Urbanization is a phenomenon in which land use occur for the housing purposes and to accommodate the human population. It offers many challenges to the farmers who are present near the territories of urban areas. It is due to the destruction or damages such as destruction of crops and it impacts of the farmers farms (Lisansky, 1986). In these situations farmers need the assistance of nearby farmers. The neighboring farmers help them to develop their farms, and they also share their farm equipment with the farmers, and help them to improve the irrigation system of the farms. All these advantages ended when the nearby farms are converted into the urban settings. This leads to the “impermanence syndrome” which refers to the decrease in confidence level and stability in the farming process. It also leads to the reduction of the interest in the farming process by the farmers (Lopez, Adelaja, and Andrews, 1988). When the urban system spreads into the societies due to massive changes in the population, then the agricultural land conflicts arises and became problems.
Land use changes in the process of urbanization also create many profits and gives advantages to the farmers. The demands and arrival of new customers occurred, and provide opportunities to sell the crops in higher prices. A study analyzed that the farmers who sell the vegetables are the ones who are able to receive higher prices in the urban areas (Lopez, Adelaja, and Andrews, 1988). Moreover, due to the land use change, nurseries are created, vegetables and high value crops industries created and increase the value of agricultural economies. Many farmers adapt the changes due to the urbanization, and make their enterprises to gain benefits from the new economic opportunities. The most area of US farm production is increased due to the farmers who face urbanization pressure (Larson, Findeis, and Smith 2001).
Due to the increasing rate of urbanization, many government systems changed the land use laws and restrict the land use control. These restrictions helped the governments to decrease the level of urban development. The land use regulations and restrictions applied by the authorities decreased the land development between the years of 1982 to 1997 in the United States. The major reduction occurred in the Washington State estimated more than 12 percent. In Oregon, the reduction was more than 11percent, California, it was more than 9 percent, in Nevada, and it was more than 2 percent (Wu &Cho, 2007). But it has some potential risks and impacts as well including the higher prices of houses and it leads to the fact that houses are not affordable for the middle class people. Land use regulations impacts negatively to the economy as well and it reduces the house affordability for the people (Glaeser and Ward 2006; Glaeser and Gyourko 2002).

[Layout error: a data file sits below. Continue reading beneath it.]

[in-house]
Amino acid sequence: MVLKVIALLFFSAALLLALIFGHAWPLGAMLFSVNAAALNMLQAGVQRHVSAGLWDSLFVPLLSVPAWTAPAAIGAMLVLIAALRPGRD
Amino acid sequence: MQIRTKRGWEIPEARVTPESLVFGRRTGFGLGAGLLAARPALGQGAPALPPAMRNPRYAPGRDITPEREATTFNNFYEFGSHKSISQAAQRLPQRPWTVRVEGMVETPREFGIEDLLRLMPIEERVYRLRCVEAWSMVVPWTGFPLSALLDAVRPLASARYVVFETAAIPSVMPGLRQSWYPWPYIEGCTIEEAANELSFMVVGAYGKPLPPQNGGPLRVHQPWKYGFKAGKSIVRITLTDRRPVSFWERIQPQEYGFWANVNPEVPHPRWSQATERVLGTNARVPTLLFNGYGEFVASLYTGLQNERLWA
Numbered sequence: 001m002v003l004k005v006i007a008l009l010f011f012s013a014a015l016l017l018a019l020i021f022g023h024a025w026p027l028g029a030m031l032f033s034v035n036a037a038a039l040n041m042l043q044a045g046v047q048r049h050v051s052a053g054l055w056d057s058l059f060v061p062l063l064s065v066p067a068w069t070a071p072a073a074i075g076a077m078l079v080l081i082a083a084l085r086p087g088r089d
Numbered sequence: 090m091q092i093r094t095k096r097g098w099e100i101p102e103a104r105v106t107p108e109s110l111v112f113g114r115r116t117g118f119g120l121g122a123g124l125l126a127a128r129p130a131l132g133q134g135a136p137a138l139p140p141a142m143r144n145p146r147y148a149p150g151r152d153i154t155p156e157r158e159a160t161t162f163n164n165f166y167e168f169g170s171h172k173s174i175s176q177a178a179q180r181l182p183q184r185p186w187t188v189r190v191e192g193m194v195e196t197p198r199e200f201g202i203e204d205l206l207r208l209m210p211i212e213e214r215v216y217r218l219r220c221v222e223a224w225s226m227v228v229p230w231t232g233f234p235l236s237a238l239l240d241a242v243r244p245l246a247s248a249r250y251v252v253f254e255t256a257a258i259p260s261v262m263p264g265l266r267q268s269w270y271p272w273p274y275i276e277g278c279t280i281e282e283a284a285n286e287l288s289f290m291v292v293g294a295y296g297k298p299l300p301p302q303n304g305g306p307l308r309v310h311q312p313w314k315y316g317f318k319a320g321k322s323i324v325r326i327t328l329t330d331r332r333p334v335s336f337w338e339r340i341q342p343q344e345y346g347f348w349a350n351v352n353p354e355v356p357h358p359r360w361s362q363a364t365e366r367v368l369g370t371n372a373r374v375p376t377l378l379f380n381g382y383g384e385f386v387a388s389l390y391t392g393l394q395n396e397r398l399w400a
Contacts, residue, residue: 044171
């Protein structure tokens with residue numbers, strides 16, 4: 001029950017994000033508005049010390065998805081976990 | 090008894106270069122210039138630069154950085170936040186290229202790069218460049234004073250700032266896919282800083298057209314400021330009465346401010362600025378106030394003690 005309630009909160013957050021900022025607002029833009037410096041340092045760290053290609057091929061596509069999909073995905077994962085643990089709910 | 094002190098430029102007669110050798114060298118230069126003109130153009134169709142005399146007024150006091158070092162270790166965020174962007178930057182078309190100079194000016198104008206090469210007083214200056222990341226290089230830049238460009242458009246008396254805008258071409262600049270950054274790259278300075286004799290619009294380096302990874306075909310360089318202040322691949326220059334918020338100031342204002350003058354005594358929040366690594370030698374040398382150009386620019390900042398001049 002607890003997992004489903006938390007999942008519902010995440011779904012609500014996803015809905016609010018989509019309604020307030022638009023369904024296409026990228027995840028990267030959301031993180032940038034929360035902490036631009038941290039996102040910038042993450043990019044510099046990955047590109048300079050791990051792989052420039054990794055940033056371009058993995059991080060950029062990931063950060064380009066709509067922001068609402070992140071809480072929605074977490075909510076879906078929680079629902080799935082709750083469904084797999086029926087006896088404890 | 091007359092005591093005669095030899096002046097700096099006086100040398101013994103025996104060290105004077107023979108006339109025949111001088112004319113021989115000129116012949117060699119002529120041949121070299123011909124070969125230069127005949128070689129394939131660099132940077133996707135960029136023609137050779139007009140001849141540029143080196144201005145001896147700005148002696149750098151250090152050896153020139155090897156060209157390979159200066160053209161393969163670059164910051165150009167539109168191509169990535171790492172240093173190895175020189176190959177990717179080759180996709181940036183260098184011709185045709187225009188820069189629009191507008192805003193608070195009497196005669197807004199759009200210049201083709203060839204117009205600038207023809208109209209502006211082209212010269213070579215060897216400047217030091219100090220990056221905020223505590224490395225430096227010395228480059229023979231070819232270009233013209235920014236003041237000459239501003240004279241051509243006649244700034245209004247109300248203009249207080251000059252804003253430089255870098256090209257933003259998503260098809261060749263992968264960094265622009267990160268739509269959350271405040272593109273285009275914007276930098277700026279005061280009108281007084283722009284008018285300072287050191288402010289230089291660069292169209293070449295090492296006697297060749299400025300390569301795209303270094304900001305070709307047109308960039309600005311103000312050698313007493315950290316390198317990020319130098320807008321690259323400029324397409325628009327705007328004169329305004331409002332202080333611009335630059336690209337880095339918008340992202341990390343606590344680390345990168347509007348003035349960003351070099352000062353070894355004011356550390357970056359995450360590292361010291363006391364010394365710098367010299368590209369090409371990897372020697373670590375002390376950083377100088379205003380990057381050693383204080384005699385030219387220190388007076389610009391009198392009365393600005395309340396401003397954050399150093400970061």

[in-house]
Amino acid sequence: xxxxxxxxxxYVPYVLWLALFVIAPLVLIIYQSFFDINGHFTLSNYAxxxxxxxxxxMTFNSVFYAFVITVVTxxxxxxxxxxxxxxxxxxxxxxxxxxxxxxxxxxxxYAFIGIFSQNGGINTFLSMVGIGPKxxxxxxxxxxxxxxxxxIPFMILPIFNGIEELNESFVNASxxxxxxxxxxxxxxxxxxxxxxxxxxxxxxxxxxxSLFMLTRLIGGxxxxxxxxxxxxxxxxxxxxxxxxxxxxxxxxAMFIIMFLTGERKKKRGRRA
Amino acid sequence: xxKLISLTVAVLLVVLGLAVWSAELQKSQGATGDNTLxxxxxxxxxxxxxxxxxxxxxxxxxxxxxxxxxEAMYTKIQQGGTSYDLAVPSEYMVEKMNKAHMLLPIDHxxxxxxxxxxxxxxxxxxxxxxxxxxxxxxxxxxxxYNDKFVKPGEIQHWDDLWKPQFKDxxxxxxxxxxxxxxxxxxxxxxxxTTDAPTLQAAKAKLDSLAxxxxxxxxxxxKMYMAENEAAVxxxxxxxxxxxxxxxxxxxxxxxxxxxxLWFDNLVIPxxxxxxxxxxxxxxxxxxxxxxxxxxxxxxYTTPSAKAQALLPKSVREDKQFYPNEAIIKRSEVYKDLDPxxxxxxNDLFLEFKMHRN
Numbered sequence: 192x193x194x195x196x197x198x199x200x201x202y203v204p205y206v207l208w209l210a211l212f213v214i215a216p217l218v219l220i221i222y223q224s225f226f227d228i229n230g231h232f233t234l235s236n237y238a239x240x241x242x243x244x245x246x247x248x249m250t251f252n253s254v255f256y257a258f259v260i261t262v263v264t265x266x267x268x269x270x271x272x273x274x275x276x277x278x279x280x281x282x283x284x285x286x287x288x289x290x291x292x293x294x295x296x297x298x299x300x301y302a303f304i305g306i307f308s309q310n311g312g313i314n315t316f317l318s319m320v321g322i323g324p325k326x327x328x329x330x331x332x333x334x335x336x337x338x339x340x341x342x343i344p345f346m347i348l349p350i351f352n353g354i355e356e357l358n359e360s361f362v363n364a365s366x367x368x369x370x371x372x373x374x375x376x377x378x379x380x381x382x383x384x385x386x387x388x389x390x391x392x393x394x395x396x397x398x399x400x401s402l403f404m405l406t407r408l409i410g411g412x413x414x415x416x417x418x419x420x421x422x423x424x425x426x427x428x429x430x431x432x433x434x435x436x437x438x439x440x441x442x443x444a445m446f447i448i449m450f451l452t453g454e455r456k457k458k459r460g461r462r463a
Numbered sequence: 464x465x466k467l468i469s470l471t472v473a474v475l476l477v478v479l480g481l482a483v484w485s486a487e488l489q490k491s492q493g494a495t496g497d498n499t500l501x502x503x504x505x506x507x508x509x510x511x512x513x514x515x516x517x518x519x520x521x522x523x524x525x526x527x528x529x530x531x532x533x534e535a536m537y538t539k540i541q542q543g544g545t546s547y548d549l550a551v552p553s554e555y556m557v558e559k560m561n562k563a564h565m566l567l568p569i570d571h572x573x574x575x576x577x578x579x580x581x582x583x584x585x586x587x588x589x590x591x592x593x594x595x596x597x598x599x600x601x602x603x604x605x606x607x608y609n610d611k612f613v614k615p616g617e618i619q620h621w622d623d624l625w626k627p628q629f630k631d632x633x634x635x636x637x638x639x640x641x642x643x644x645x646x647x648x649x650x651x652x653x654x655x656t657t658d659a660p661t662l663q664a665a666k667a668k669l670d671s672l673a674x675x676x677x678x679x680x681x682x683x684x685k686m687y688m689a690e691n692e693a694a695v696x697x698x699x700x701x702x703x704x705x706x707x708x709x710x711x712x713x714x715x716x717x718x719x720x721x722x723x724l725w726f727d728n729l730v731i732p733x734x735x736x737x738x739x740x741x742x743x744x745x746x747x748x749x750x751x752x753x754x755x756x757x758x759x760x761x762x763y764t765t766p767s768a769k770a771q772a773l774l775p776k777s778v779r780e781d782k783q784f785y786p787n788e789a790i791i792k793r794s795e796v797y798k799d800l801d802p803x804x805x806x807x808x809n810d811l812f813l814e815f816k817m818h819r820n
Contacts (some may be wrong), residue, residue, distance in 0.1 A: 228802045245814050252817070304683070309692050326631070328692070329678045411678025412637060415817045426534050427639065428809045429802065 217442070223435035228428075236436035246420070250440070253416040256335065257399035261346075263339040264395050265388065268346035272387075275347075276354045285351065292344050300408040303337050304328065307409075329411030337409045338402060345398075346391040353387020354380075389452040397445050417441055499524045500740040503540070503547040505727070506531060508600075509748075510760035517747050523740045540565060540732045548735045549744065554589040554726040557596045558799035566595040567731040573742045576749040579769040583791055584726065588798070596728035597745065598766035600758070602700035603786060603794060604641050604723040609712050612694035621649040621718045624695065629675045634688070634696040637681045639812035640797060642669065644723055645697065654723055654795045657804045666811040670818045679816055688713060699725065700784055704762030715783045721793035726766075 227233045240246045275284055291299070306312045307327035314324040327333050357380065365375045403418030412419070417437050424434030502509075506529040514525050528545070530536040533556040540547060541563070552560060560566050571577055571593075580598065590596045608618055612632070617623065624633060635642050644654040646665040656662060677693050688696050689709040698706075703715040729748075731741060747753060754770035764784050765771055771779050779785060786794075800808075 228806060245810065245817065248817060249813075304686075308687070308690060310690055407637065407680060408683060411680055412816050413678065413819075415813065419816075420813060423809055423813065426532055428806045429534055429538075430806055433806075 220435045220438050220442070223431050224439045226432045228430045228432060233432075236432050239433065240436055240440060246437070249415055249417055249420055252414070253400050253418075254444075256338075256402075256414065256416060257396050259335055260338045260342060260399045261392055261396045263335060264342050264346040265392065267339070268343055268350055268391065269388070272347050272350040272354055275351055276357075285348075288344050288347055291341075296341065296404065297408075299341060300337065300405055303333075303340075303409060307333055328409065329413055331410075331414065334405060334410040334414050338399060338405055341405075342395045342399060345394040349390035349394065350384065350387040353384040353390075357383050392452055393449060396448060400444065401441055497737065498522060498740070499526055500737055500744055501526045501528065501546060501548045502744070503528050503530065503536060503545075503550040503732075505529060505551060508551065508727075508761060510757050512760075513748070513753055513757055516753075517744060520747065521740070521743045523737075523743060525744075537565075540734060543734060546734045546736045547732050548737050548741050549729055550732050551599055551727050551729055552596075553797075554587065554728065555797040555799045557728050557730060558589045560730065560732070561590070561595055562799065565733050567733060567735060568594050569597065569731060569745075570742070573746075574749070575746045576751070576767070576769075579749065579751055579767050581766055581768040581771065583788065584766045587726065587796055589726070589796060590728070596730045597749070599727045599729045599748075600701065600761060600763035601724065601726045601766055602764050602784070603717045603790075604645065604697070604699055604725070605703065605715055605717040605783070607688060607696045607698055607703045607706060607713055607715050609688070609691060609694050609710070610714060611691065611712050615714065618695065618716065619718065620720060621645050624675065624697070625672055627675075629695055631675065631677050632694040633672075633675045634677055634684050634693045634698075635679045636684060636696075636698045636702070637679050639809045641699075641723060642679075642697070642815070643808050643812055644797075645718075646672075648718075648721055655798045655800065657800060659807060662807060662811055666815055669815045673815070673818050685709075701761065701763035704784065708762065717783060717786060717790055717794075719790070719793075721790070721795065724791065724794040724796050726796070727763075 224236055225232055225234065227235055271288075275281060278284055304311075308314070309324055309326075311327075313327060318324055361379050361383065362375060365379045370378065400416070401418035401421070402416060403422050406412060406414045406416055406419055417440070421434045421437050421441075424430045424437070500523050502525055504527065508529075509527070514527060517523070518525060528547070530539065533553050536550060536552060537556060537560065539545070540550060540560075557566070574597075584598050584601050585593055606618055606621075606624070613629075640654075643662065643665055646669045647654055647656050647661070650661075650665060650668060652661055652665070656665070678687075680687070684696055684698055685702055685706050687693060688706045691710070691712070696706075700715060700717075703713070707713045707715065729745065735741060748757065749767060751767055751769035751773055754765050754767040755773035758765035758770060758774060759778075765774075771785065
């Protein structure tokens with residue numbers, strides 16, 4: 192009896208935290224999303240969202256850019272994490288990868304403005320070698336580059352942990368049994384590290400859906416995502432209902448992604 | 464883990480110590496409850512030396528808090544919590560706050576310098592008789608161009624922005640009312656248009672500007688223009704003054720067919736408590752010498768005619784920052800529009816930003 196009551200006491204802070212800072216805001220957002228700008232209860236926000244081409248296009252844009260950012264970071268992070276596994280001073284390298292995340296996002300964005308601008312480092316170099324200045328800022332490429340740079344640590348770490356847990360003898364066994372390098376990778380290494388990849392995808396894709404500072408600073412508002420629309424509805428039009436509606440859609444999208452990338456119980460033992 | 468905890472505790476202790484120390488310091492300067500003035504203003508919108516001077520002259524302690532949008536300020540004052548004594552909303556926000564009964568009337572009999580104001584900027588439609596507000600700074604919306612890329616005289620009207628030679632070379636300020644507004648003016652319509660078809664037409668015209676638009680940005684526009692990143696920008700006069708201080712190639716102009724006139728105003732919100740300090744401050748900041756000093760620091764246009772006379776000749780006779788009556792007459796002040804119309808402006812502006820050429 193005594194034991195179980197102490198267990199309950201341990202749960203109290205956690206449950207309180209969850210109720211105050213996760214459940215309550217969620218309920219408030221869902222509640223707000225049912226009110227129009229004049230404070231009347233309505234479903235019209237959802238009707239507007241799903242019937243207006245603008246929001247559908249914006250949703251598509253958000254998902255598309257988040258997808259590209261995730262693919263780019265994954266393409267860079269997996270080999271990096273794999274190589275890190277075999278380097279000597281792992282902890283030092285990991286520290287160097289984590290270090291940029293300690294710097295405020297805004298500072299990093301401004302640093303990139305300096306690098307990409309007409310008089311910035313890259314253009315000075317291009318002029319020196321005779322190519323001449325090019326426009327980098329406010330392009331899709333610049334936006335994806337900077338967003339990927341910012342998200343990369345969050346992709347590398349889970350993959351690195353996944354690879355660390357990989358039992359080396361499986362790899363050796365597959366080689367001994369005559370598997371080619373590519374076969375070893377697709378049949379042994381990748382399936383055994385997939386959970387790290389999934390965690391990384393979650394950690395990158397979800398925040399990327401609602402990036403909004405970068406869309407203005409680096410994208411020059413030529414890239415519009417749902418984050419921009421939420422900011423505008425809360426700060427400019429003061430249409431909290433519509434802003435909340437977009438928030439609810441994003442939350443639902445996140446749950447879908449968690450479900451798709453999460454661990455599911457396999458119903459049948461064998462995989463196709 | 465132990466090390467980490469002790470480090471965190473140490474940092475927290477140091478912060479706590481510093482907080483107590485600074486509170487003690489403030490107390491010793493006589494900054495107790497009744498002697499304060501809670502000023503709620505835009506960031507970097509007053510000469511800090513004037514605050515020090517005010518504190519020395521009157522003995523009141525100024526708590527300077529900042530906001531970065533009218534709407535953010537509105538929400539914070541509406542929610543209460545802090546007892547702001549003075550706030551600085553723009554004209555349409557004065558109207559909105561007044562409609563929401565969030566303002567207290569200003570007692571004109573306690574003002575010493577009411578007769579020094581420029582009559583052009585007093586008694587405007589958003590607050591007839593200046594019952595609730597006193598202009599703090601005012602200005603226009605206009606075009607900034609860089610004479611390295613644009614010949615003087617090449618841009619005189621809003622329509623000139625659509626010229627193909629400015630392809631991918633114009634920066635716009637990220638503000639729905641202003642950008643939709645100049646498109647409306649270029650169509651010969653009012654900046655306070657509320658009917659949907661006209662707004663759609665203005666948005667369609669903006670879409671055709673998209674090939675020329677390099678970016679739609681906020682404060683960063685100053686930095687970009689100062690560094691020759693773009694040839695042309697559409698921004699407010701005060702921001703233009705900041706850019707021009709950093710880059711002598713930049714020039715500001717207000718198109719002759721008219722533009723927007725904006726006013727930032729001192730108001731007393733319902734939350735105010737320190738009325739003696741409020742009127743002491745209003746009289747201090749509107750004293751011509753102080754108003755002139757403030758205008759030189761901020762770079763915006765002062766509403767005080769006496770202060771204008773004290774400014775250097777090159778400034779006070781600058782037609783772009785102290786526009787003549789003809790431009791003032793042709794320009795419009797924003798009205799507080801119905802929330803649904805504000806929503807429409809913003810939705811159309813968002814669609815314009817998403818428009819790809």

The land use regulations and laws must be able to balance between the private properties, rights, and the interests of general public. In Oregon States, ballot estimated that there is a difficulty in the balance of the act. Measure 37, is voted by the voters of Oregon State in 2004. It refers to the concept that government authorities should provide assistance to the private property owners, only when the land use laws decreases the “fair market values.” In the assistance, government should select the three approaches including remove, modify, or not to apply. Measure 37, was not implemented but remain unconstitutional by the lower courts. Due to this measure, more than 6000 cased filed in the Supreme Court by October 2007. Their request was to compensate them and the prices were more than $19 billion (Oregon Department of Land Conservation and Development 2007). But the modification of this measure 37 was crucial and the voters approved the measure 49, in November 2007, “ensure that Oregon law provides just compensation for unfair burdens while retaining Oregon’s protection for farm and forest land uses and the state’s water resources” (ODLCD, 2008).
The land use changes provide several economic as well as societal advantages, but only occur when an economic cost is ready for it. Land use and land conservation are important elements, especially in the long term processes. It includes the economic, growth and sustainable development. The land use policies should also have a balance so that private property rights and public interest both could be balanced in an appropriate manner.
Lubowski, R.N., Vesterby, M., Bucholtz, S., Baez, A., and Roberts, M.J. (2006). Major uses of land in the United States, 2002. Economic Information Bulletin No. (EIB–14)